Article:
In the morning, I planned my own deviation. I left early, skipping breakfast to trek along the butte toward the Piz Boè. At 10,341 feet, it is the highest mountain in the Sella Group within the Dolomites and is considered by many to be the easiest summit over 10,000 feet to reach by foot. Its panorama of dolomite Alps like shark teeth reaching skyward is worth the crowds. A rifugio sits at its peak, and as I passed around 8 a.m., the trails were flooded with tourists making the trek upward. Many had arrived from the tram at Pordoi Pass with views of the Marmolada (10,968 feet), known as the Queen of the Dolomites.

Perhaps knowing it sat on the former front lines of World War I led me to the Museum of the Great War at the bottom of the tram, where on display were the munitions and equipment used by both Austrian and Italian troops to defend their positions during the frigid winters along these mountaintops. A solitary rotunda dedicated to German troops who died in the war sits in the valley below the pass.

I stayed the night in the Hotel Savoia, which sat along the trail. In the morning, wanting to avoid crowds, I walked through dawn along the Arabba Geological Trail, veering farther off the conventional Alta Via 2 path. Along the trail are 18 stations that detail the flora, fauna and geological formations. The full loop, where supplies were shipped during the war, would take only a day to complete. As I walked, a prairie dog yelped, and roe deer scurried down into the valley. Across from the ridge stood the Marmolada. What I mistook for the sound of pines rustling in the breeze was the glacier melt becoming a rushing torrent.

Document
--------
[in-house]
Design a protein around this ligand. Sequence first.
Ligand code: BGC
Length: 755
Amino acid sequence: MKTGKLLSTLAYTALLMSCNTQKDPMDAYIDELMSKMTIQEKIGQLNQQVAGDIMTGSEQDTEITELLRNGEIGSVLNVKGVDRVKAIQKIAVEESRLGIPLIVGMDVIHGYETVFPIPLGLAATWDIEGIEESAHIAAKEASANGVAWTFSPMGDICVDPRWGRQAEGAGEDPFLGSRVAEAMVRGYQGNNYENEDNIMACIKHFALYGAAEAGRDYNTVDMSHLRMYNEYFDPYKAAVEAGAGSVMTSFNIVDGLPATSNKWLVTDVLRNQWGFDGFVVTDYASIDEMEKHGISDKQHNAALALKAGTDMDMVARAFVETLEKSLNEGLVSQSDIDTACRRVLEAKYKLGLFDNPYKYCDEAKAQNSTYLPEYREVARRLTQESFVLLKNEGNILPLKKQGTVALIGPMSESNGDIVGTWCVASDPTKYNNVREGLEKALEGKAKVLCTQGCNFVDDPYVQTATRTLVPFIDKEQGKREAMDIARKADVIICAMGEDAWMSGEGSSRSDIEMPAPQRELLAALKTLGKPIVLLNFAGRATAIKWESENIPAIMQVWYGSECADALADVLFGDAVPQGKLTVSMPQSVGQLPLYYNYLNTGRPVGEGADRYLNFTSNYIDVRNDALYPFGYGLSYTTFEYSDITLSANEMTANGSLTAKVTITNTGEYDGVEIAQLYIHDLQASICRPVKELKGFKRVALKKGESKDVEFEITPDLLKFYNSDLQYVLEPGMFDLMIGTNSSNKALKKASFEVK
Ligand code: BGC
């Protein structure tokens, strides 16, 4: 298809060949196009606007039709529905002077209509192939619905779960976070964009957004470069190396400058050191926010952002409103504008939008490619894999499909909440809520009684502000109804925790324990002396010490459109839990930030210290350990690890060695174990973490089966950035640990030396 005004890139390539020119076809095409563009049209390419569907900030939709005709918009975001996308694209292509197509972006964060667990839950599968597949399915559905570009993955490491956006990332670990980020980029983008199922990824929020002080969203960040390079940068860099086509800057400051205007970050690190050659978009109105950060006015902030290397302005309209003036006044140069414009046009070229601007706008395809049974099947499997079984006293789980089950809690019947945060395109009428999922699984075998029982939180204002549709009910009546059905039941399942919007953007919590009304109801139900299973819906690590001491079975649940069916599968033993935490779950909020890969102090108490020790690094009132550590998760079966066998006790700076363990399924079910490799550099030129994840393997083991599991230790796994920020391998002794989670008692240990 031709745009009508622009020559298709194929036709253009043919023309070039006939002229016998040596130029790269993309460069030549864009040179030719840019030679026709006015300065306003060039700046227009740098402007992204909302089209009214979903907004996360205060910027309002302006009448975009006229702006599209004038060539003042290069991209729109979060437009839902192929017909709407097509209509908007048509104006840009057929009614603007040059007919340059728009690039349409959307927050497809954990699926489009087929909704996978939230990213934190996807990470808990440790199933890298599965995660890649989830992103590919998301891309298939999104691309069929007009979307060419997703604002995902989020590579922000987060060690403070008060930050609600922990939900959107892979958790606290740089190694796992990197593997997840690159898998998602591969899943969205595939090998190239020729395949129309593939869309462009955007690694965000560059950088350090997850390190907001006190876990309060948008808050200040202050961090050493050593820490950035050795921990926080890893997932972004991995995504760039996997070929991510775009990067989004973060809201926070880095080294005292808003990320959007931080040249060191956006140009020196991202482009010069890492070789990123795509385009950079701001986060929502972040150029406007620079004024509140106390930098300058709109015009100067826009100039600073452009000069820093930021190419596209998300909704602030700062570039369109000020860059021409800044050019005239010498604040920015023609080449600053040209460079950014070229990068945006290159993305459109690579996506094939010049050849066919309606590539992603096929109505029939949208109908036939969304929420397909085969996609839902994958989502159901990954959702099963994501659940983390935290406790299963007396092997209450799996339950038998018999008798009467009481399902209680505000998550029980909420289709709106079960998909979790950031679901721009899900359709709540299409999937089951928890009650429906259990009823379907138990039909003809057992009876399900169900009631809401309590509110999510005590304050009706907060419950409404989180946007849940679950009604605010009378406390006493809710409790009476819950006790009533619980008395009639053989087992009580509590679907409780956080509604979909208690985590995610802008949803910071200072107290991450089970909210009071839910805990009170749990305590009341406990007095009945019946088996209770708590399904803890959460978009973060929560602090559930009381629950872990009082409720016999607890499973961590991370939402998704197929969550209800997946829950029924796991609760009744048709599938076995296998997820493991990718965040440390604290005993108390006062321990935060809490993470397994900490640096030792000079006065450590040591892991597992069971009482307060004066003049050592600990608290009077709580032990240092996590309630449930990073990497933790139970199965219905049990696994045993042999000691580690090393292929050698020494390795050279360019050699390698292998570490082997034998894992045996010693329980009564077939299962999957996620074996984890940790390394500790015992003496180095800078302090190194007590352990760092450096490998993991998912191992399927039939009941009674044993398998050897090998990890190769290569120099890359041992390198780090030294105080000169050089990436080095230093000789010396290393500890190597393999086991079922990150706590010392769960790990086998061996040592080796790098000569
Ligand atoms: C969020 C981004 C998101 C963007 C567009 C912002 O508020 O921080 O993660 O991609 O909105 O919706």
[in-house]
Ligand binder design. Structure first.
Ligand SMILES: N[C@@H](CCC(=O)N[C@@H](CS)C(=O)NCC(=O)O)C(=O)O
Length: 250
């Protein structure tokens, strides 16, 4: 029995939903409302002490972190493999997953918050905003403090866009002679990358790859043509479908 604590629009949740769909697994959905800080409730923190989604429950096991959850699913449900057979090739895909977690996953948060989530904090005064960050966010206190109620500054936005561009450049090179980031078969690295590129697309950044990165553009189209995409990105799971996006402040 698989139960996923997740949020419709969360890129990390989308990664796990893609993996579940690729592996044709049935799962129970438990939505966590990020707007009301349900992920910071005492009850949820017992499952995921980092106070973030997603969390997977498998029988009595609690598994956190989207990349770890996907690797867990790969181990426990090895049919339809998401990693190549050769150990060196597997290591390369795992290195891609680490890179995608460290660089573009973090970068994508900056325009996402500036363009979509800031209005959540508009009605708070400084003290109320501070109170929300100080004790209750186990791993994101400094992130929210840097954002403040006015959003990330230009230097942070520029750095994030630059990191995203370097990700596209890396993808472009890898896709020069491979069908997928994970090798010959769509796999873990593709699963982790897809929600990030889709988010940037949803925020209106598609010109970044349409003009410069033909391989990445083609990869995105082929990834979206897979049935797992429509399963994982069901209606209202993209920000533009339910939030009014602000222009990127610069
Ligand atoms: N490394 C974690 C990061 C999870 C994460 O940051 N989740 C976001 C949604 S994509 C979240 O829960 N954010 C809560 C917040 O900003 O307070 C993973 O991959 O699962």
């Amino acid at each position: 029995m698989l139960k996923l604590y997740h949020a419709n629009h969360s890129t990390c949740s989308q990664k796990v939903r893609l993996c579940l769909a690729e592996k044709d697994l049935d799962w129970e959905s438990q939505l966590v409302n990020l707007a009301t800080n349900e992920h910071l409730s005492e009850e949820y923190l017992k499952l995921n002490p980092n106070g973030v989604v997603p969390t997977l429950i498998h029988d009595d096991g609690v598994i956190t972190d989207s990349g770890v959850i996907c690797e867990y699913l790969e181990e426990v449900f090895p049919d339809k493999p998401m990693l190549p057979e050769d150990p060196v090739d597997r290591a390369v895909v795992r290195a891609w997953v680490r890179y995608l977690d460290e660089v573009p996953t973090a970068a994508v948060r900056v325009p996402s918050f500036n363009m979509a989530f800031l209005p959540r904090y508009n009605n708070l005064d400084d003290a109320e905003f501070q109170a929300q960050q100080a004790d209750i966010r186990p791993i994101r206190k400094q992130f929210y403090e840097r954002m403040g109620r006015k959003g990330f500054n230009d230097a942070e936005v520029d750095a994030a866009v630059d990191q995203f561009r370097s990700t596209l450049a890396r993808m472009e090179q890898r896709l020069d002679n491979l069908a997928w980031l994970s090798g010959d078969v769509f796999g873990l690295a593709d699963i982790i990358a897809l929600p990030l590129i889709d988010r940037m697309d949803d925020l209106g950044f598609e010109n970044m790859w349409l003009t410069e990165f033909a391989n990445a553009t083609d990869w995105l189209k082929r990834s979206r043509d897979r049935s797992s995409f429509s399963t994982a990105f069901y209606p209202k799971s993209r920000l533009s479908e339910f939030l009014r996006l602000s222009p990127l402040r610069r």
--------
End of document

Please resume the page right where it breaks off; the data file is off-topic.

Although the Alta Via 2 treks directly over the Marmolada, with a rifugio situated at the base of the glacier, I took the variant that led down toward Malga Ciapèla (4,757 feet) and boarded the tram up to Punta Rocca (10,964 feet) atop Marmolada. During World War I, trenches were blown straight through the mountain. I peered into old command stations and observation posts, ducked through wet passageways toward gun slots looking out across to Pordoi Pass. At the second tram stop on the mountain (there are three, the last one arriving at a panoramic view point at Punta Rocca), there is another museum to World War I and Europe’s highest museum.

Steeling myself for the hike to my last rifugio, I ate a quick cream-filled brioche and downed an espresso before heading into the wooded low country, its quietude pierced by quivering sunlight, the sounds of eddying rills of the Ru Petorina and a chorus of birds.

The afternoon brought bouts of rain, and the wind picked up along the switchbacks toward the last mountain pass. A quick jog down the slope through a field of arnica blossoms and pink Daphne, past a group of horses grazing in the wind-washed fields below, brought me to my next hut.